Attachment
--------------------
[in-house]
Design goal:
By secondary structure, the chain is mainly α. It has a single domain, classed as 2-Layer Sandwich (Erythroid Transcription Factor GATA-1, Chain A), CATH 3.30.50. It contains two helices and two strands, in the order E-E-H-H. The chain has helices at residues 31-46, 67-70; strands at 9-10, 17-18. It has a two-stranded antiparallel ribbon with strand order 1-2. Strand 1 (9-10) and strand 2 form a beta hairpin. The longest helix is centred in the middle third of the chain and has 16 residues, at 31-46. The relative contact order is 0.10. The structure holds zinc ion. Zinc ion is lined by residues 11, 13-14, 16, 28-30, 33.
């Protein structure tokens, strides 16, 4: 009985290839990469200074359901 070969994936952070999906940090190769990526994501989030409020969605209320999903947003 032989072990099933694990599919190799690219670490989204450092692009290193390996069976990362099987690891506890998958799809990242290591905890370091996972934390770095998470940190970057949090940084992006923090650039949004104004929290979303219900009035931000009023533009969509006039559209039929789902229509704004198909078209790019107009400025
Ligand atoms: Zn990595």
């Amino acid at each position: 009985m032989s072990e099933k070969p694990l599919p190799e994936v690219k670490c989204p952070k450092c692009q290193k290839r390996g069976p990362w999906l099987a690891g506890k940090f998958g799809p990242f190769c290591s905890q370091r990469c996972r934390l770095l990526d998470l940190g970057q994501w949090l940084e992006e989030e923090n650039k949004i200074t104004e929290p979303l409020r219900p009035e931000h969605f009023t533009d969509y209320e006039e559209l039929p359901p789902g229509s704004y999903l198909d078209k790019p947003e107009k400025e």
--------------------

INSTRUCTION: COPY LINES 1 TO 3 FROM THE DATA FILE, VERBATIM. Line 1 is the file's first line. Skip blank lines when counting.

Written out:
[in-house]
Design goal:
By secondary structure, the chain is mainly α. It has a single domain, classed as 2-Layer Sandwich (Erythroid Transcription Factor GATA-1, Chain A), CATH 3.30.50. It contains two helices and two strands, in the order E-E-H-H. The chain has helices at residues 31-46, 67-70; strands at 9-10, 17-18. It has a two-stranded antiparallel ribbon with strand order 1-2. Strand 1 (9-10) and strand 2 form a beta hairpin. The longest helix is centred in the middle third of the chain and has 16 residues, at 31-46. The relative contact order is 0.10. The structure holds zinc ion. Zinc ion is lined by residues 11, 13-14, 16, 28-30, 33.